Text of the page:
Q&A with David S. Miller: Editor of 101 Places to Get F*cked Up Before You Die

A night out is one of the best ways to get to know the locals and culture when traveling. Finally, there’s a guidebook to best parties around the globe. 101 Places to Get F*cked Up Before You Die is a collection of honest first-hand accounts in typical party sites, like Dublin on St. Patrick’s Day or New York, along with places you would never think to party hard, like Antarctica or backcountry raves. I spoke to David S. Miller, the editor of the world party guidebook, about the book and his thoughts on meeting people when traveling.  

How did you get into travel writing and start working at Matador Network?David: I started a career in journalism in 2003. I wrote for local papers and alternative weeklies like the Boulder Weekly. My passion has always been people’s relationships with place. When Matador was founded in 2006 and I saw it as a place where similar-minded conversations were taking places, I stepped up. I became a leading contributor and eventually was named editor in 2007. From there I worked really hard with early contributors Ross and Ben, the co-founders, to build out the network.

How did the idea of 101 Places to Get F*cked Up Before You Die come about?David: We were actually solicited by an agent with the idea. I thought it was lame to be honest. How can a title like that possible align with anything but cologne-wearing douche bags on spring break? But after talking with the agent and getting assurance that we’d have full editorial and creative control I looked at it differently. I thought of it as a “Trojan horse,” which is how I look at a lot of the content at Matador in general. You can pull in readers with a sensational title, but the narratives themselves can be deeply emotive, personal, instructive, polemic. A personal example is an article I wrote called “How to get laid in Mexico.” Nobody really shared that piece, but interestingly over 12K people clicked on it. It’s just a strategy to gain readership. What you do with that readership is then up to you as a writer or editor – what story you want to tell.

Can you tell us about what kind of stores we can find in the book?David: There are both guide sections and in many instances narrative pieces as well. There are plenty of body fluids and drugs and sex and alcohol, but all of it is filtered in a way that's self-deprecating – in some ways almost cautionary. It isn't just licentiousness – beer bongs and keg stands – the stories always center on connecting with local people. For example, in Antarctica at McMurdo station. Who would ever think of this place as a “party destination”? I wouldn’t and honestly I don't really care. What moved me was the way the author portrayed the culture down there and how different nationalities and factions mix it up. Above all, it always comes down to what I call “windows” – little windows of place and culture. The book is meant to inspire people to want to get out and explore for themselves wherever it might be. Maybe it’s just the other side of your town –an area you never go.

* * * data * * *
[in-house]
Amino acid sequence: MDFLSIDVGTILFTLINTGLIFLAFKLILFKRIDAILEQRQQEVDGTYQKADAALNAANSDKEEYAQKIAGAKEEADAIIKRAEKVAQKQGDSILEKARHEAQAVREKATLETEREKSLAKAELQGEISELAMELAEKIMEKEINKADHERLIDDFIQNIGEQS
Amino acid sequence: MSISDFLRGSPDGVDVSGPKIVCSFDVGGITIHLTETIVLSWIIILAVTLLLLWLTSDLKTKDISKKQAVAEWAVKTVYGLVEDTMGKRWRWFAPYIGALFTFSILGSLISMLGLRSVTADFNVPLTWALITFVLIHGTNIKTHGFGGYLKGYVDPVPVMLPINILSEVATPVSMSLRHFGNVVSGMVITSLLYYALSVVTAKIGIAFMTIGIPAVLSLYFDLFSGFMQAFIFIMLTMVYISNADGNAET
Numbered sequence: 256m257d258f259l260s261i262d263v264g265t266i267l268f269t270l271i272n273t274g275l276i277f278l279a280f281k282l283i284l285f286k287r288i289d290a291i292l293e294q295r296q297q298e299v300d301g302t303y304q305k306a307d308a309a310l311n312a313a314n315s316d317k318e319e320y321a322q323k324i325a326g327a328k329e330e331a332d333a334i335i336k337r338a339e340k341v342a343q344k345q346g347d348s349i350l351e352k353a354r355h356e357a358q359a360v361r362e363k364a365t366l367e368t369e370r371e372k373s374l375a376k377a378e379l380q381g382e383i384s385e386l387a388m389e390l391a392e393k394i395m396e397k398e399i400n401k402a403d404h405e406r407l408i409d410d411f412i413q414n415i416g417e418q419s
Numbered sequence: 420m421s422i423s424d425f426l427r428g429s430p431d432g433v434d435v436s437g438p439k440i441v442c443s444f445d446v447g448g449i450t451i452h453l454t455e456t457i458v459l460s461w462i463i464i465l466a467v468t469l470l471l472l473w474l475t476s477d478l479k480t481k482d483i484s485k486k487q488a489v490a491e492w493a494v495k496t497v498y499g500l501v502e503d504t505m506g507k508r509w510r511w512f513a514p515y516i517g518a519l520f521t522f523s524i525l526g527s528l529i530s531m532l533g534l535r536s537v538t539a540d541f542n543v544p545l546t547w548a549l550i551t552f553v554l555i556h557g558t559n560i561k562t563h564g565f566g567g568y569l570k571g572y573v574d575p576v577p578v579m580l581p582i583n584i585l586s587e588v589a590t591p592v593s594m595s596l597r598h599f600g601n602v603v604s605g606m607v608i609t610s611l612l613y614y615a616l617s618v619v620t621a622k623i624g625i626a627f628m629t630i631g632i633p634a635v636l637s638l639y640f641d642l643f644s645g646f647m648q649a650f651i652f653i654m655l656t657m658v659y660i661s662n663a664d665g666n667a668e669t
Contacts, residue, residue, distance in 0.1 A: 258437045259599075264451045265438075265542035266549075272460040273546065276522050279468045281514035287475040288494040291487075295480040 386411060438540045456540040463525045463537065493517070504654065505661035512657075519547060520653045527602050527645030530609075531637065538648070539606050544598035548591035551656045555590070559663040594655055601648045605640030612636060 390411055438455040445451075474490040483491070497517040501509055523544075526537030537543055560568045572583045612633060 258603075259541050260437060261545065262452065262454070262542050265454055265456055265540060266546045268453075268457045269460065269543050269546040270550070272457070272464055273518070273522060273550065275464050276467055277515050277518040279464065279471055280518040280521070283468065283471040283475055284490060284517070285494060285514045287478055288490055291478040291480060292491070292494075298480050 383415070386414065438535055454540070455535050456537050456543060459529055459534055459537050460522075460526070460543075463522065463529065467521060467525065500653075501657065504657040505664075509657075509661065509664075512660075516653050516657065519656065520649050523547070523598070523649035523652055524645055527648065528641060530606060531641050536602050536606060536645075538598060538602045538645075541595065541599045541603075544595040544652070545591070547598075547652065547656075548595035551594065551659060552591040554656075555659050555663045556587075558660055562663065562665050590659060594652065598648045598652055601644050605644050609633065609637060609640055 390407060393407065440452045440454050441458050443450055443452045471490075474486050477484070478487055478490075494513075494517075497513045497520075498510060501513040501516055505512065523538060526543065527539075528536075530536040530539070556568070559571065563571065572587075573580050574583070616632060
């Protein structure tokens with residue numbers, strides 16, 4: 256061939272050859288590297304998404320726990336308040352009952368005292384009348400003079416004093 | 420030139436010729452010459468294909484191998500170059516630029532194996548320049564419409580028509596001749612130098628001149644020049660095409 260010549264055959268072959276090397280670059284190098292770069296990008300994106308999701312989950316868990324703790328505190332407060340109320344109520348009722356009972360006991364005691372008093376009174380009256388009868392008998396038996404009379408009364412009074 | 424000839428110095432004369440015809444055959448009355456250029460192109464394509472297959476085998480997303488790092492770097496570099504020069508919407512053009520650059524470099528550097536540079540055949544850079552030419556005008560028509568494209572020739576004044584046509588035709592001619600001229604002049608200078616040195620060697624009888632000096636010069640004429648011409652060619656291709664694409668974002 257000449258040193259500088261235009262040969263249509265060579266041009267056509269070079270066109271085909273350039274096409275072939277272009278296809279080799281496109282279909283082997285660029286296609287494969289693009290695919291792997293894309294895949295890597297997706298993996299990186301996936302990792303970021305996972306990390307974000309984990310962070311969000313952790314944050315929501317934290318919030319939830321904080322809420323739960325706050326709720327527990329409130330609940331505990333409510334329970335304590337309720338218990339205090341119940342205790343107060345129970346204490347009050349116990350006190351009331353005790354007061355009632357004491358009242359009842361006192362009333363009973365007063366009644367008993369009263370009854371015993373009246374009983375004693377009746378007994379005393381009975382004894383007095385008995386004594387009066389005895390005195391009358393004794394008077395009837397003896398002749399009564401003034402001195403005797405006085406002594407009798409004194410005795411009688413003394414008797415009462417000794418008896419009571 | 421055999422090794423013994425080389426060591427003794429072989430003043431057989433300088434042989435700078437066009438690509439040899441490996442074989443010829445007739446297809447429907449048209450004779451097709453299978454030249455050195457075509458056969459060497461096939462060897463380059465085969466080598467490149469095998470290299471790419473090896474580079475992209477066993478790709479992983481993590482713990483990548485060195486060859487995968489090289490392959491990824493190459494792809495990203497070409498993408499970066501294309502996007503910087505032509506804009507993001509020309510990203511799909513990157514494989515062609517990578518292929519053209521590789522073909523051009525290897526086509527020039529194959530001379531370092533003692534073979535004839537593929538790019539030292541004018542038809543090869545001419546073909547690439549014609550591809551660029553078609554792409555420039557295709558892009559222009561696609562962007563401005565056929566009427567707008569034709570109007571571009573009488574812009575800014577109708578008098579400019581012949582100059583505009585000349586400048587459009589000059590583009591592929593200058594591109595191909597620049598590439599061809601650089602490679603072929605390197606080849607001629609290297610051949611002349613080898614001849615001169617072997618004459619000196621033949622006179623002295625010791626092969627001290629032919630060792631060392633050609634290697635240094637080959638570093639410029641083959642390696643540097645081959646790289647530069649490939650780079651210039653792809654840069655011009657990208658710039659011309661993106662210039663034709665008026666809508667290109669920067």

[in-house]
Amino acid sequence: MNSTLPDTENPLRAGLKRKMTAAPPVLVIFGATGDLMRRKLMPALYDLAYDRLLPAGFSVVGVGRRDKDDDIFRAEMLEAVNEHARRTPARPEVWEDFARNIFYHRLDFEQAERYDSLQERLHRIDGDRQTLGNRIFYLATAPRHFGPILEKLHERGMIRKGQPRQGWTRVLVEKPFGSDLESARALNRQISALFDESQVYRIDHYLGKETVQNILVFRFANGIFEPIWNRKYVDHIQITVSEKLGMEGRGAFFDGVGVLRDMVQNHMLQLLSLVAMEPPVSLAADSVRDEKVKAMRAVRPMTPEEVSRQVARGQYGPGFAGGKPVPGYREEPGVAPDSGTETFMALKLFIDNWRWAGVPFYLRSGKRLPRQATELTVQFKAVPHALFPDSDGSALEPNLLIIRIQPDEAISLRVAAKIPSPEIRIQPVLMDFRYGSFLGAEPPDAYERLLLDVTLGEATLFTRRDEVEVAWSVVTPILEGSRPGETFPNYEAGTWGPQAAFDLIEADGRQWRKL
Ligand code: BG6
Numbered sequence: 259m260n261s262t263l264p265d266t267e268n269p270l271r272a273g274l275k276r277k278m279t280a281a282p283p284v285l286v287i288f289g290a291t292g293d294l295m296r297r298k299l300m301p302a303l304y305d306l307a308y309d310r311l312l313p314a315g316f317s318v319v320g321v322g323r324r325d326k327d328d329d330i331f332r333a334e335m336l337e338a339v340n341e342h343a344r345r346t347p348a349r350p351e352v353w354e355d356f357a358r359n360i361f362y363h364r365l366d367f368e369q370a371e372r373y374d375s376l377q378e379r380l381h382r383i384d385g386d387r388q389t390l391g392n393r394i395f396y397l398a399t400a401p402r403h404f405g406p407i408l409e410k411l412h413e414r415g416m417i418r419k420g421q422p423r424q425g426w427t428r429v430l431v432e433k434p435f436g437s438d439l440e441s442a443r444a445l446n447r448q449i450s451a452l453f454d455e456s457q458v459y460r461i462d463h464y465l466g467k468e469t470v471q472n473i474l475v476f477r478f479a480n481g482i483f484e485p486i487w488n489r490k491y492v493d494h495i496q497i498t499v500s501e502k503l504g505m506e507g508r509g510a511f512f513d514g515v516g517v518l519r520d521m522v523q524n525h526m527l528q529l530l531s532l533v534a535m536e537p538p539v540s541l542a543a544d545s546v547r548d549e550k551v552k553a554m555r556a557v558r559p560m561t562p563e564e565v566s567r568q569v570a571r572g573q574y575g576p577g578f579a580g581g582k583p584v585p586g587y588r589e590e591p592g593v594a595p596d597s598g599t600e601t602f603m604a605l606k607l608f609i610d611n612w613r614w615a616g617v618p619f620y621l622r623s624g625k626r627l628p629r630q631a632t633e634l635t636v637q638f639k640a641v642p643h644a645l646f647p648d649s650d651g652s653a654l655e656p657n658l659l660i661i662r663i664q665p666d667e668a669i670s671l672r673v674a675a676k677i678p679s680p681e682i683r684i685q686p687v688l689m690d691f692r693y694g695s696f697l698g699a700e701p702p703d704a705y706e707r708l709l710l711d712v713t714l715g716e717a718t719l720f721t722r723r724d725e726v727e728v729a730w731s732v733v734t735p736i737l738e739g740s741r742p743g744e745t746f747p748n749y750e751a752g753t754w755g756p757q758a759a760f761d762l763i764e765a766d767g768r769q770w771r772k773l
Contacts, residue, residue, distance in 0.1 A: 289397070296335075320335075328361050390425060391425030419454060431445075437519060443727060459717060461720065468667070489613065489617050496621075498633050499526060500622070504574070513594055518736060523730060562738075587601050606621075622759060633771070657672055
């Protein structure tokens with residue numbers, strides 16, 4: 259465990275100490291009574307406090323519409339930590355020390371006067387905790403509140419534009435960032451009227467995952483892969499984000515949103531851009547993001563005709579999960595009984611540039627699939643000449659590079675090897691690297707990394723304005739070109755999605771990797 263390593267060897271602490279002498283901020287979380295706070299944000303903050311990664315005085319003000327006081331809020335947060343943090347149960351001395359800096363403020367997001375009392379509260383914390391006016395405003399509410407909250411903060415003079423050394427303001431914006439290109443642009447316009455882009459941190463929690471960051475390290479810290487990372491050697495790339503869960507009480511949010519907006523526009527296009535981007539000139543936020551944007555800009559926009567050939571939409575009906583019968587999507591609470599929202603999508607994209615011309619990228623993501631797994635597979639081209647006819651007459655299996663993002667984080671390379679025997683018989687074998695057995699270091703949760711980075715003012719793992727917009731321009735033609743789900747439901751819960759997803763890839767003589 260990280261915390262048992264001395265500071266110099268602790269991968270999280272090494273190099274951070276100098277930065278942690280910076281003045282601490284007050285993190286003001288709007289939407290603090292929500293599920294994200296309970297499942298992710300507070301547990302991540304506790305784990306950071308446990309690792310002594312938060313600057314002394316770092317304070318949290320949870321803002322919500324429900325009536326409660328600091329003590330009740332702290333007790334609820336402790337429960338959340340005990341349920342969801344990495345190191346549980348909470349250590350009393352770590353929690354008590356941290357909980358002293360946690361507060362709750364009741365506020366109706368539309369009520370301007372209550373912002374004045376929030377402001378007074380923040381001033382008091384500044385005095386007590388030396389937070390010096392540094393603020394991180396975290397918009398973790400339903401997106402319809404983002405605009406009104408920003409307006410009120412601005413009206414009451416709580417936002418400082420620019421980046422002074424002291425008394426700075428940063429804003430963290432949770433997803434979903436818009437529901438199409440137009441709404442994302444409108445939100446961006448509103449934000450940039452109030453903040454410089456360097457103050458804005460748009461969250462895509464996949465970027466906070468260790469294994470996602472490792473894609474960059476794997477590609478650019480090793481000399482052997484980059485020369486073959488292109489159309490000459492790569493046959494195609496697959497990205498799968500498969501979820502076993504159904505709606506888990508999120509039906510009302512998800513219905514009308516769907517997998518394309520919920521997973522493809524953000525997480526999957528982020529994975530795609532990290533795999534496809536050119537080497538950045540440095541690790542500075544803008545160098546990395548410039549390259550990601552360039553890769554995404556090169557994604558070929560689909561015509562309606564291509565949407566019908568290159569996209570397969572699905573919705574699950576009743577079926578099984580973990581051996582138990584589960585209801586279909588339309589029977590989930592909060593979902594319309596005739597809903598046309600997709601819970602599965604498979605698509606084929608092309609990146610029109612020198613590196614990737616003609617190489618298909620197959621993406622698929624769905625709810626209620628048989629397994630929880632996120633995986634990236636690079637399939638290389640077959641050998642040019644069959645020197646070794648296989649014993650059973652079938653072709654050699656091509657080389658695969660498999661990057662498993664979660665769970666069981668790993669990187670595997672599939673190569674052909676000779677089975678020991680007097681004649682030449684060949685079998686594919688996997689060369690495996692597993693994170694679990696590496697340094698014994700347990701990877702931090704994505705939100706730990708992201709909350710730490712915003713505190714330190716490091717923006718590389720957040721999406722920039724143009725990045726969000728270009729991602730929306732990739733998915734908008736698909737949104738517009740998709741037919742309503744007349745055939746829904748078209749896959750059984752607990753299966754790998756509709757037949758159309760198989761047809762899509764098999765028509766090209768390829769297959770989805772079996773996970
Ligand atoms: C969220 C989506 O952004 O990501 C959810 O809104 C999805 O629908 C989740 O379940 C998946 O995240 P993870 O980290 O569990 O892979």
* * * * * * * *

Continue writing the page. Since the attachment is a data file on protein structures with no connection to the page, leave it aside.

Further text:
What kind of people do think would enjoy this book?David: Right now it's selling well at Urban Outfitters, so basically that's the demo. I fully expect many older writers and travelers to be alienated by the title and never consider having a book like that on their shelves. But the irony is I think that anyone who enjoys travel storytelling in a voice that's really honest and transparent that isn't trying to sell a destination but just report how life transpires at ground level would find relevant writing here.

It’s often difficult to meet local people when going to different country or place. Do you have any tips on how to party and meet locals when you're traveling?David: I’m not sure about tips, but what always worked for me is to just ask questions and to be curious and respectful. It's so strange now to think back to when I started traveling pre-smartphone – pre-wifi really. If you wanted to use the Internet you had to go to a cyber café and for days and weeks at a time you were just disconnected which for me always meant I was connected to the local place. Often there was a terrain objective. You were there to surf, to snowboard, paddle climb, whatever, so you were constantly talking to people, seeking out the local crews and just asking questions. There’s always this “onda” as you say in Spanish of approaching people with respect versus traipsing through a place as if you’re tuck in your own personal movie, oblivious and disconnected. That’s how many of us are now, especially when we're heads down in our devices. Basically it's just being heads up.

More information: 101places.comFollow David S. Miller on Twitter @dahveed_miller